parts of a boat propeller - the basics
- Outer Hub = Exterior hub
- Inner Hub = Hub inside (sacrificial centre)
- Splines / Ribs = Connections between inner & outer hub
- Diffuser Ring = Flare ring on the back
- Diameter = Distance across the circle swept by prop blade tips
- Pitch = Distance prop 'theoretically' travels in one revolution
- Rake = Angle blades are set relative to outer hub
- Hole Shot = From dead stop (in the hole) to up on the plane
- Blade Tip = furthest bit from the hub
- Blade Back = Blade side facing forward
- Blade Face = Blade side facing backwards
- Blade Root = Attachment point to hub
- Leading Edge = Forward part of the blade
- Cupping = Curl in the blade towards the trailing edge
Diameter is the circle swept by the tips of the prop blades.
Increased diameter means increased thrust but also increased drag.
Pitch is the theoretical movement forward of a propellor during one revolution if it was going through a hard surface like a drill goes through wood. However as it is travelling through water there will be slip therefore the distance is less than the pitch. This slip varies from boat to boat..
This is the curved lip which allows the prop to have a better bite on the water. It reduces slipping, ventillation and allows for a better hole shot.
Rake is the angle that the prop blades slant in relation to the outer hub. Rake affects the flow of water through the prop and affects boat performance.
Assuming 'aft' rake (as most outboard props) this reduces the wetted area (friction) and ensures a higher top end speed. Props with Less rake are generally fitted to displacement craft.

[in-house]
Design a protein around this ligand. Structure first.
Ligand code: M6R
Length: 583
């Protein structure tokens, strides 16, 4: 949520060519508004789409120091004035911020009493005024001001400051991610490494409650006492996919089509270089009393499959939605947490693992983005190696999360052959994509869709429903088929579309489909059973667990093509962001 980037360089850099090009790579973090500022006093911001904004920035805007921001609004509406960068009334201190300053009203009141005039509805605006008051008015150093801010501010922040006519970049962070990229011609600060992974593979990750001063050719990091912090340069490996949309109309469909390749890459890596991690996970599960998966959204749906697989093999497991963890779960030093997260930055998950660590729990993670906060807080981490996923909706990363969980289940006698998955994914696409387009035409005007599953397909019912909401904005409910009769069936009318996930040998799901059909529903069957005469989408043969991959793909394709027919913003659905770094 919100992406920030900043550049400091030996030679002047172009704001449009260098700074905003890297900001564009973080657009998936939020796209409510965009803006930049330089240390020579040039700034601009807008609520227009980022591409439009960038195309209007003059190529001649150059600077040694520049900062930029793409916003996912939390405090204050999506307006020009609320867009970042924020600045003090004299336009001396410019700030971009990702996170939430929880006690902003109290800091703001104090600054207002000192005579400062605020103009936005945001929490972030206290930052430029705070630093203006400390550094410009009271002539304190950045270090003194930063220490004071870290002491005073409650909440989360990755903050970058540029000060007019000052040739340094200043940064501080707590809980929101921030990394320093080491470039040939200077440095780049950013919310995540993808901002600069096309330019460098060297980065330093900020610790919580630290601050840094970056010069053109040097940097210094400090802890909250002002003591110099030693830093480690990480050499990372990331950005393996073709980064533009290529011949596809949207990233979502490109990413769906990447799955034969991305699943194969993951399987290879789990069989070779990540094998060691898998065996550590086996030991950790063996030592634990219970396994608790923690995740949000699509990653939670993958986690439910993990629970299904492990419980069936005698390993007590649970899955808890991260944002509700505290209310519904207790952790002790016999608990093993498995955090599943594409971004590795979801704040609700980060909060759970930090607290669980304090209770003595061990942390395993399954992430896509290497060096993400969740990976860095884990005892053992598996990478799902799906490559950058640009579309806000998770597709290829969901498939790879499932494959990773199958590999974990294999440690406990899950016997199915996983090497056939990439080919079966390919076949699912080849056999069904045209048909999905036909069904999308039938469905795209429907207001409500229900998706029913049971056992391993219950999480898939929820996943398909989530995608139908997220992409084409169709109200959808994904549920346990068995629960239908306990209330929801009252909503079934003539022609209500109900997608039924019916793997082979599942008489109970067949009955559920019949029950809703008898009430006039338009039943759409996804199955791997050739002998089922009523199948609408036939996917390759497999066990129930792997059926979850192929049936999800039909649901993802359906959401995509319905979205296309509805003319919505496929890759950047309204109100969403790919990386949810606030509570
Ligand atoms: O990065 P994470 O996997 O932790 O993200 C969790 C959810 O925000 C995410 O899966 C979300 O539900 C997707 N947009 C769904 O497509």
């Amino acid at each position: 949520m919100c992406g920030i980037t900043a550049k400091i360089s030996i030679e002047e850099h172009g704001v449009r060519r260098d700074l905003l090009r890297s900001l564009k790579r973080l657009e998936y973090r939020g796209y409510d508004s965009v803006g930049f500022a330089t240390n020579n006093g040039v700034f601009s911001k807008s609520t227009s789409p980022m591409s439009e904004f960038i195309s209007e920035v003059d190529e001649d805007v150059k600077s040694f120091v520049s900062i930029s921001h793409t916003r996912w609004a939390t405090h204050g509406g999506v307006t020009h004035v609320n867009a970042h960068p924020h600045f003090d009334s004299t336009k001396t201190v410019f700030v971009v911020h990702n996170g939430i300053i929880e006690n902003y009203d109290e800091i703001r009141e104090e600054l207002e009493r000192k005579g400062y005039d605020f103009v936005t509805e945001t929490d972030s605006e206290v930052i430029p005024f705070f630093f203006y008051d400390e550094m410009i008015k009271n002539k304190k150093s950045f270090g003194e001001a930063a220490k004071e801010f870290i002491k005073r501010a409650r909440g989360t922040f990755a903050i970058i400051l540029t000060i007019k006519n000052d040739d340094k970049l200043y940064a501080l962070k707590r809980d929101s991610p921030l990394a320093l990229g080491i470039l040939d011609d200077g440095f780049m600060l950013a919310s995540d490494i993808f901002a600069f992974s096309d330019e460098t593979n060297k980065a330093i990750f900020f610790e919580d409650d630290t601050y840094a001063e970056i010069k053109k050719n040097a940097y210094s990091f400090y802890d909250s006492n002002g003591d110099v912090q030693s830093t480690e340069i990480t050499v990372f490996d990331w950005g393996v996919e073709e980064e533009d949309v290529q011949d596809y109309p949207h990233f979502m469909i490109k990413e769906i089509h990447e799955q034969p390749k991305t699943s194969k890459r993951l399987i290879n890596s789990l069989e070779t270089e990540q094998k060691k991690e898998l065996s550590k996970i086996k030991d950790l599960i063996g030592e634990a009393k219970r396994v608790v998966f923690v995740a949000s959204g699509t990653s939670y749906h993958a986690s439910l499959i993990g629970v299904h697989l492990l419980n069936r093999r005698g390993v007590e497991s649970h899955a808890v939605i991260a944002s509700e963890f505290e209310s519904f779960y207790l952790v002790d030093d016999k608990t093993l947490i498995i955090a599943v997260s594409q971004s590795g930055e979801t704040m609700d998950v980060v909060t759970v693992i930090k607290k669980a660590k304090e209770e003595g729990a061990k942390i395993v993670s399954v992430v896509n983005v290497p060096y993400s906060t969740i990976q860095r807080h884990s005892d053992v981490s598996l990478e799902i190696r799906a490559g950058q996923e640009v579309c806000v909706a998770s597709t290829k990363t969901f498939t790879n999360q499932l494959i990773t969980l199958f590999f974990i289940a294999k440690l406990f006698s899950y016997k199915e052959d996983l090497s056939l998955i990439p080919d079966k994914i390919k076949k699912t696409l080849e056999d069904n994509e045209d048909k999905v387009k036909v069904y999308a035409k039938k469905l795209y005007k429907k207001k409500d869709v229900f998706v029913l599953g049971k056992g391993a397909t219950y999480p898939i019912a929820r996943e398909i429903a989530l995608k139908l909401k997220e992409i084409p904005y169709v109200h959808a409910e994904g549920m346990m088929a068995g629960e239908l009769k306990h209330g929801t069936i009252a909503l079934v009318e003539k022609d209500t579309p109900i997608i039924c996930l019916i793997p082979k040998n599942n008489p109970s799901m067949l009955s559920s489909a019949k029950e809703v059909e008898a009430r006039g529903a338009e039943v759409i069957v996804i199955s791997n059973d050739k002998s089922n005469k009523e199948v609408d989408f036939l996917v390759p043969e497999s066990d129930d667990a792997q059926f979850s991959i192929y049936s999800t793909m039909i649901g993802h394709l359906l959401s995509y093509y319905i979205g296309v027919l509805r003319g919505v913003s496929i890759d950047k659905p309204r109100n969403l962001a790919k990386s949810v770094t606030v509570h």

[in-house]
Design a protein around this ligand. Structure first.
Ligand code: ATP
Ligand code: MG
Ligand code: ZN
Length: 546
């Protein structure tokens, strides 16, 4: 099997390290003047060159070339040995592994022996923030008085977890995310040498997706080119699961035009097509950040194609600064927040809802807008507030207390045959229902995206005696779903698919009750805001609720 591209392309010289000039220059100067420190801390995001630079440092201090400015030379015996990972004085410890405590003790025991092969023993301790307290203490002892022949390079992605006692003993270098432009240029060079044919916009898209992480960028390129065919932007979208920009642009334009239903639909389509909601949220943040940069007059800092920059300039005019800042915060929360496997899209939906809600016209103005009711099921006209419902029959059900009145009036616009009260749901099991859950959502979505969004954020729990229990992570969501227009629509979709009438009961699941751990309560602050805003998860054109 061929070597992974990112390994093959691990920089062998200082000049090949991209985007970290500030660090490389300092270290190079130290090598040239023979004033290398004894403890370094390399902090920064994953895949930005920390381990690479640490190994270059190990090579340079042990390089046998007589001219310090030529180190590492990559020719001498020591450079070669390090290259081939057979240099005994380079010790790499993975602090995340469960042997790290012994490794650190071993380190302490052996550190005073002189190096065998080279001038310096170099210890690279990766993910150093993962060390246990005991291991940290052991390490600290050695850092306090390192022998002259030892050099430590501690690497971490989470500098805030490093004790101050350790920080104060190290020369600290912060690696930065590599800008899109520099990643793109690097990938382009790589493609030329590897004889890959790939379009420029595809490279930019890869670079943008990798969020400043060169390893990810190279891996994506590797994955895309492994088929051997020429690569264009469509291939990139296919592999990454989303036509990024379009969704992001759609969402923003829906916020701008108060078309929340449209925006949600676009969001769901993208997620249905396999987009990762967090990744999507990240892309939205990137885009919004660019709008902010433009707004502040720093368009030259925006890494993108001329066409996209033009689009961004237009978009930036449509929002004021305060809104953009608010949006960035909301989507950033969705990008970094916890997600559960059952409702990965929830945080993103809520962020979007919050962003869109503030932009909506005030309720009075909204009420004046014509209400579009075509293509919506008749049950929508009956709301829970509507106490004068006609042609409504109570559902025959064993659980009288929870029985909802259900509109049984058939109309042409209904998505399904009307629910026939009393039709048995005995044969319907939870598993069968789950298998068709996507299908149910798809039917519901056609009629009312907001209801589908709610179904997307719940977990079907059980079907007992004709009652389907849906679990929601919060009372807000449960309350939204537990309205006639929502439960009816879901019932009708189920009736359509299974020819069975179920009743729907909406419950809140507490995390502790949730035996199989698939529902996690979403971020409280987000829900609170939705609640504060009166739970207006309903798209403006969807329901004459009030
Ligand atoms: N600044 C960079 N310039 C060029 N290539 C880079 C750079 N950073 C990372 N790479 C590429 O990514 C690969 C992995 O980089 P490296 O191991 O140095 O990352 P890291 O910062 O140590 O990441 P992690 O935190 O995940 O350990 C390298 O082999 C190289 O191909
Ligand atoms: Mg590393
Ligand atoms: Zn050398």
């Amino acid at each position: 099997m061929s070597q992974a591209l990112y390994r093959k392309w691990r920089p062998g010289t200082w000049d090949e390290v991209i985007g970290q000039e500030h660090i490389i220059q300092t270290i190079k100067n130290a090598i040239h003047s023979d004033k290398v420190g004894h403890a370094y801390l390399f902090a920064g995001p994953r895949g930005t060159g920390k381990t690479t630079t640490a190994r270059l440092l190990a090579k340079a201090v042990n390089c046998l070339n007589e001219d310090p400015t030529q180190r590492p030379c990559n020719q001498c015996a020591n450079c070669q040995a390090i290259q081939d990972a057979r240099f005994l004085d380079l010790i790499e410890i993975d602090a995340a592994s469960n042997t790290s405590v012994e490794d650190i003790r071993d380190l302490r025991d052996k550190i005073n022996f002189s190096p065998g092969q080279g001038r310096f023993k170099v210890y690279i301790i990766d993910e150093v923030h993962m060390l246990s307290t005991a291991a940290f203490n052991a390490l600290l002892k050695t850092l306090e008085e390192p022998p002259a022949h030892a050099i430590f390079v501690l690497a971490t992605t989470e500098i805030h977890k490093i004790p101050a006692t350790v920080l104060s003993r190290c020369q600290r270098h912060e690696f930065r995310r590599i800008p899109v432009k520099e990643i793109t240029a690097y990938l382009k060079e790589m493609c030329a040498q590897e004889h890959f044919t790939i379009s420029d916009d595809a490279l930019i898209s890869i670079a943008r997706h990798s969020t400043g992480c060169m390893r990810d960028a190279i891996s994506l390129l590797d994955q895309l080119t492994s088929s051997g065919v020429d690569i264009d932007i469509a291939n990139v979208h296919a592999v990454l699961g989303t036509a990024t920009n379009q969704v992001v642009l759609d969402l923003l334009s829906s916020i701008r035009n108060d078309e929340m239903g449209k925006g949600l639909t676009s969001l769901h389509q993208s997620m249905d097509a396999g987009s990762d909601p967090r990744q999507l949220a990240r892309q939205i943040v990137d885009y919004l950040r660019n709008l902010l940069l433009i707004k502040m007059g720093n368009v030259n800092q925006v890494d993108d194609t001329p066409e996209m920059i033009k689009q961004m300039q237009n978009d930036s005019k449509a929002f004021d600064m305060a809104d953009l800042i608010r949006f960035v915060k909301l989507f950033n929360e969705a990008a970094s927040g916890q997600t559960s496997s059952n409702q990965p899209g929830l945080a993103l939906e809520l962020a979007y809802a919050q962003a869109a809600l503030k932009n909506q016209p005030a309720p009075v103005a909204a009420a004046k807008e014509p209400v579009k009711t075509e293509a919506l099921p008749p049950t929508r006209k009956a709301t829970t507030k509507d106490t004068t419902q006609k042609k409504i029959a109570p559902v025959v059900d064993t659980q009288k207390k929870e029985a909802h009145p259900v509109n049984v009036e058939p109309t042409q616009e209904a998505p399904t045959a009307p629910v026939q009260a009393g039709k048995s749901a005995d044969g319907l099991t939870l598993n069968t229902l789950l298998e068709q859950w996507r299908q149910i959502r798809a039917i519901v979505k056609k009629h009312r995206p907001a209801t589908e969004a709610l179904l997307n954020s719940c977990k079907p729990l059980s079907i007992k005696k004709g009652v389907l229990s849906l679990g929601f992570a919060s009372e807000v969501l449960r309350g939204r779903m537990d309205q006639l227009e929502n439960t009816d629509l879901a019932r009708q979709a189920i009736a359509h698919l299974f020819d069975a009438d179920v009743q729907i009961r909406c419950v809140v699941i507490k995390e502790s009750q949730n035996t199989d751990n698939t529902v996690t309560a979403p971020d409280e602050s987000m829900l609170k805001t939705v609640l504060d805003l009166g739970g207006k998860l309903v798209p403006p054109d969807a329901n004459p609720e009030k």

OUTER HUB: Centre barrel of the prop that the blades are attached to.
INNER HUB: Many props have a sacrificial centre between the outer hub and the splines so if you were to hit something this would break therefore protecting your engine.
RIBS/SPLINES: Joining points between the Inner and Outer Hubs.
On through exhaust props, some of the exhaust travels through the gap between the inner and outer hub.
BLADE FACE: Confusingly though this is called the blade face it infact faces aft (backwards) i.e. away from your boat. It is the 'pressure' side of your blade
BLADE BACK: and again, a little confusingly, this is the face that faces forward i.e. towards the stern of your boat. It is the first part of the prop to meet the water in each turn and is the 'suction' or negative pressure side of the blade.
The diffuser rim is the Flared section on the back end of some propellors, this flare helps stop exhaust from travelling back onto the blades which would reduce thrust.
- Yamaha Propellor Selector: http://www.yamahapropselector.com/propSelector/web/